A 1957 Orange County Fire engine was recently restored by the California Fire Museum. It was primarily used by volunteer firemen before being taken out of operation in the early 1980s.
The history of Orange Count’s fire and rescue operations can be told many different ways, but it’s on property owned but the Santa Margarita Water District that it’s communicated through decades of vehicles: The first-run engines that were dispatched for major emergencies, the second-run trucks sent to squelch brush fires, and rescue vehicles like the 1957 GMC Rescue Panel recently restored by the California Fire Museum.
“Panel trucks were used around the country, but not this exact style,” said Don Croucher, vice president of the not-for-profit California Fire Museum. “The dual wheels and bigger body was unique to Orange County.”
Faded red, faded orange and often encumbered with rust, the trucks are stored on the rare piece of donated property that can accommodate a bunch of historically significant, if decaying, trucks that were long ago put out to pasture, having served the community for years saving lives.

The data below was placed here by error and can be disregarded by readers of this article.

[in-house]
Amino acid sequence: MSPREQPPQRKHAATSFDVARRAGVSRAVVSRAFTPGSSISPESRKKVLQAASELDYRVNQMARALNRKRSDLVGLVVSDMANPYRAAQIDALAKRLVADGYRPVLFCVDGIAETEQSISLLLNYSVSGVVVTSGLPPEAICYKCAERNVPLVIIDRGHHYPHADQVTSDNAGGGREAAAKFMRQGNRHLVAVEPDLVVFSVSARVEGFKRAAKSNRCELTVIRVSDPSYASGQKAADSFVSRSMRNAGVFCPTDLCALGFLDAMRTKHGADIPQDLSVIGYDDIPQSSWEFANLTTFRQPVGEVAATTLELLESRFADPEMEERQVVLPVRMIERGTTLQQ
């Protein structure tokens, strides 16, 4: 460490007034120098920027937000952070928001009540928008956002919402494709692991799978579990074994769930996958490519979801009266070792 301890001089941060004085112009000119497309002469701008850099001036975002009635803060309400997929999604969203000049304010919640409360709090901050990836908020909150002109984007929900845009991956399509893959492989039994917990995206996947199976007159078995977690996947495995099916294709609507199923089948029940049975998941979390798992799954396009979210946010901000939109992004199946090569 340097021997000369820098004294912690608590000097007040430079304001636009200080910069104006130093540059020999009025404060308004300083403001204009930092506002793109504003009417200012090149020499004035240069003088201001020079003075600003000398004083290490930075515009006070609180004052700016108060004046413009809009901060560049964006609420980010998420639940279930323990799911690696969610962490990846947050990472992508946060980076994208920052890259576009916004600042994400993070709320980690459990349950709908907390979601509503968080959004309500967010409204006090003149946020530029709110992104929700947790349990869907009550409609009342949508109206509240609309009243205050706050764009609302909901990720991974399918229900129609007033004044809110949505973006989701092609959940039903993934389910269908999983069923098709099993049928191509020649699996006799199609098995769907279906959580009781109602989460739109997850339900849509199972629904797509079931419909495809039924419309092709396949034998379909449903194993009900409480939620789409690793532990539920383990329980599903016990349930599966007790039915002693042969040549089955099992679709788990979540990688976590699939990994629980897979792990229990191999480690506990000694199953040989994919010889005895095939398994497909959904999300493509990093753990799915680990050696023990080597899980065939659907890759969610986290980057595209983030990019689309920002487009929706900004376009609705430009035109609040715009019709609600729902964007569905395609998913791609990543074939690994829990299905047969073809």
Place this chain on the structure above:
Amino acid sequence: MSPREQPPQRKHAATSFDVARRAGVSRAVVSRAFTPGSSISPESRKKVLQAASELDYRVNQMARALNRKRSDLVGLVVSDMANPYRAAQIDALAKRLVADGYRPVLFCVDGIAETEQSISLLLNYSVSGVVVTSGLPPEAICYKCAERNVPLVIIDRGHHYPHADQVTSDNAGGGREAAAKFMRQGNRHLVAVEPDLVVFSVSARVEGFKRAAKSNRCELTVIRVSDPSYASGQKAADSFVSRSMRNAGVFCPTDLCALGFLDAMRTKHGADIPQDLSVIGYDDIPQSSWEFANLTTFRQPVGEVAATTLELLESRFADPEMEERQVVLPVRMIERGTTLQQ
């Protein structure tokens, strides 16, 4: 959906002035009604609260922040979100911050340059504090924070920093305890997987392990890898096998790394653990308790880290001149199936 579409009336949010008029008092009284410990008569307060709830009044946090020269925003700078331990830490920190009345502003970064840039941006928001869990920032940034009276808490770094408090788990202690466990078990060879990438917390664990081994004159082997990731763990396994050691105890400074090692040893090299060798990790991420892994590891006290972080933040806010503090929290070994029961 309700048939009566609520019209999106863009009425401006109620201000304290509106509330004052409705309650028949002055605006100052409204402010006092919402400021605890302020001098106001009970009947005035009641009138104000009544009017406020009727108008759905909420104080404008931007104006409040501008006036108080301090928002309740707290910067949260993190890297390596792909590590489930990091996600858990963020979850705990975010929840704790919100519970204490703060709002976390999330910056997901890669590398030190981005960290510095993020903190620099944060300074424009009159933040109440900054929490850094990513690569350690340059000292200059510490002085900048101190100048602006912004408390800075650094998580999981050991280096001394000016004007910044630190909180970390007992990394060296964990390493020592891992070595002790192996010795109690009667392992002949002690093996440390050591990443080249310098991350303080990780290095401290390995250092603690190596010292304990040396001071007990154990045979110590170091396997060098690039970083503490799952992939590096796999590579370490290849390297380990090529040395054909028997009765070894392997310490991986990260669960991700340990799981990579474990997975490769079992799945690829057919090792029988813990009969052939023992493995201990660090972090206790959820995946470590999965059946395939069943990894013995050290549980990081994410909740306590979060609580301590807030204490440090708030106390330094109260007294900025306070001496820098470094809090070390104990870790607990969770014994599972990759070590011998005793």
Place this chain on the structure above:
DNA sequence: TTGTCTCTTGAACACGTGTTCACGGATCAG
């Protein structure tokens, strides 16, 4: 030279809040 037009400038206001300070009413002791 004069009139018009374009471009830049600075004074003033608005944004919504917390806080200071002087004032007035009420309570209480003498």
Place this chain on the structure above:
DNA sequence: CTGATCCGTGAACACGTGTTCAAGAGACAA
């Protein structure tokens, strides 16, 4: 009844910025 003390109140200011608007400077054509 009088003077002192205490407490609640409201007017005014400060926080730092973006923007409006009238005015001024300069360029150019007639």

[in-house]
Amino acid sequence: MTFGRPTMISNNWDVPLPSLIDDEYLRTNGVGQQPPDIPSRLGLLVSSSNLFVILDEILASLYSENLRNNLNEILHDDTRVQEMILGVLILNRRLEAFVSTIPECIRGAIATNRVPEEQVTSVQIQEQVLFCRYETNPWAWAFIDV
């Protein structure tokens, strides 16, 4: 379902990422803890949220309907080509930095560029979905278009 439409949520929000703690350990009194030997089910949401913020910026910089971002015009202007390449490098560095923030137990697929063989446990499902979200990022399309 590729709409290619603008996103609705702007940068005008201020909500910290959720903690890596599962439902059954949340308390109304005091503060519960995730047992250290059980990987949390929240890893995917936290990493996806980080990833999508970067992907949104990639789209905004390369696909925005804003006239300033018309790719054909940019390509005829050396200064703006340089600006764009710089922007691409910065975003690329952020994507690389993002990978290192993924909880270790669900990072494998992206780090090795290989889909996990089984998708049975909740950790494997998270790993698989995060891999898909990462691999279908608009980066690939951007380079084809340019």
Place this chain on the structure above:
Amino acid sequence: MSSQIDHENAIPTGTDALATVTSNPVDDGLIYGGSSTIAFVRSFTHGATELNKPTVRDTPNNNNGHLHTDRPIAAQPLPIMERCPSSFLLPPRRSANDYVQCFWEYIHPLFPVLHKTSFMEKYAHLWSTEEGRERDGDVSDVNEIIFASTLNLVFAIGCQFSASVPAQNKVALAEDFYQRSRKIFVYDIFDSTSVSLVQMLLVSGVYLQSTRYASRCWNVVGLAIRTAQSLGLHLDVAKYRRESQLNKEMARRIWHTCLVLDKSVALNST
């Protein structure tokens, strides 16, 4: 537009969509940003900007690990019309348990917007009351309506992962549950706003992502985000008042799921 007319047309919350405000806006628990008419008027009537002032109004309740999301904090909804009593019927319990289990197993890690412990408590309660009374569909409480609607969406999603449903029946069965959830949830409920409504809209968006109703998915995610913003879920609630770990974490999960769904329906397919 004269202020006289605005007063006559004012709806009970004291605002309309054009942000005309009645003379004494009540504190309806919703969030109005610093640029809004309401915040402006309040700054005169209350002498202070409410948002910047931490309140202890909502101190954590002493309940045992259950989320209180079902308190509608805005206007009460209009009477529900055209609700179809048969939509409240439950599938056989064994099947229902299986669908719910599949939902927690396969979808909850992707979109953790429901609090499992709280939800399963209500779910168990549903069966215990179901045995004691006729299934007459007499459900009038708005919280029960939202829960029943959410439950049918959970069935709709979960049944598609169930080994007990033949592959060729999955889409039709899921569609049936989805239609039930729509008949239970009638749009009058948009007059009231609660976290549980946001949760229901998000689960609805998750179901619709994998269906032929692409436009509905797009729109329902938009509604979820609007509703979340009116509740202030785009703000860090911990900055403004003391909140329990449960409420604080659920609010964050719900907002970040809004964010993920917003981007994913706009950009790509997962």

They’re separated into a bay of “stuff we’re going to restore” and “stuff that’s halfway decent we can use for events that is still running.” The 1957 GMC Rescue Panel truck was in the latter camp before getting a $4,600 paint job financed with a donation from the Orange County Fire Services Association. It was one of the easier jobs on the California Fire Museum roster as it prepares for its Orange County debut.
The 1957 GMC Rescue Panel started its service at the Newhope Volunteer Fire Department station on Figueroa Street in Santa Ana, where it was often used to transport medical aids, such as oxygen and resuscitators, to traffic accidents, much like paramedics do today. It spent most of its career at the Donheny Fire Station in Capistrano Beach.
The rare rescue panel trucks entirely built by GMC, the O.C. trucks were characterized by extra-long bodies riding on dual wheels in the back that were so wide, they necessitated punched-out fenders. The first such trucks were used by the county in Westminster, starting in 1952. The 1957 now owned by the Fire Museum was used as originally intended through 1972, when it was restationed to the La Palma Police Department, repainted black and white and eventually pressed into service as a SWAT vehicle.
For more information, view www.ocregister.com